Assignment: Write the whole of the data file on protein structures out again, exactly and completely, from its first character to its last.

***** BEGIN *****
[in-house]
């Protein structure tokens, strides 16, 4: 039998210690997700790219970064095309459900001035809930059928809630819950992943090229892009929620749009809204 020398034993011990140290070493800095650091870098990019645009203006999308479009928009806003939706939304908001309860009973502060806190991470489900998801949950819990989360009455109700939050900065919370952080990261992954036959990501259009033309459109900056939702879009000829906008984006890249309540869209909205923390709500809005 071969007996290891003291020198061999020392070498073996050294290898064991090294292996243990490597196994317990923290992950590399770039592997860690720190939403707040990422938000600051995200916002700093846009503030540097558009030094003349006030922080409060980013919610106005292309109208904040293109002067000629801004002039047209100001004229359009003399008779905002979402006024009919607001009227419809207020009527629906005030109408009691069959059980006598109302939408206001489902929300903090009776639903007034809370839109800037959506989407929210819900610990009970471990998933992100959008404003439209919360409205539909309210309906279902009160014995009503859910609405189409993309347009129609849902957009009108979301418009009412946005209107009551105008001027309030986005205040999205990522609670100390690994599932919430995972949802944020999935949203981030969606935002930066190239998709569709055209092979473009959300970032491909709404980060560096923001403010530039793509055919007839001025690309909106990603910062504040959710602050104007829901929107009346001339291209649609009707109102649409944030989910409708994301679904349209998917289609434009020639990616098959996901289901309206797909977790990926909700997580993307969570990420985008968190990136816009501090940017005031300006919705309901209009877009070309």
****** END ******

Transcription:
[in-house]
């Protein structure tokens, strides 16, 4: 039998210690997700790219970064095309459900001035809930059928809630819950992943090229892009929620749009809204 020398034993011990140290070493800095650091870098990019645009203006999308479009928009806003939706939304908001309860009973502060806190991470489900998801949950819990989360009455109700939050900065919370952080990261992954036959990501259009033309459109900056939702879009000829906008984006890249309540869209909205923390709500809005 071969007996290891003291020198061999020392070498073996050294290898064991090294292996243990490597196994317990923290992950590399770039592997860690720190939403707040990422938000600051995200916002700093846009503030540097558009030094003349006030922080409060980013919610106005292309109208904040293109002067000629801004002039047209100001004229359009003399008779905002979402006024009919607001009227419809207020009527629906005030109408009691069959059980006598109302939408206001489902929300903090009776639903007034809370839109800037959506989407929210819900610990009970471990998933992100959008404003439209919360409205539909309210309906279902009160014995009503859910609405189409993309347009129609849902957009009108979301418009009412946005209107009551105008001027309030986005205040999205990522609670100390690994599932919430995972949802944020999935949203981030969606935002930066190239998709569709055209092979473009959300970032491909709404980060560096923001403010530039793509055919007839001025690309909106990603910062504040959710602050104007829901929107009346001339291209649609009707109102649409944030989910409708994301679904349209998917289609434009020639990616098959996901289901309206797909977790990926909700997580993307969570990420985008968190990136816009501090940017005031300006919705309901209009877009070309």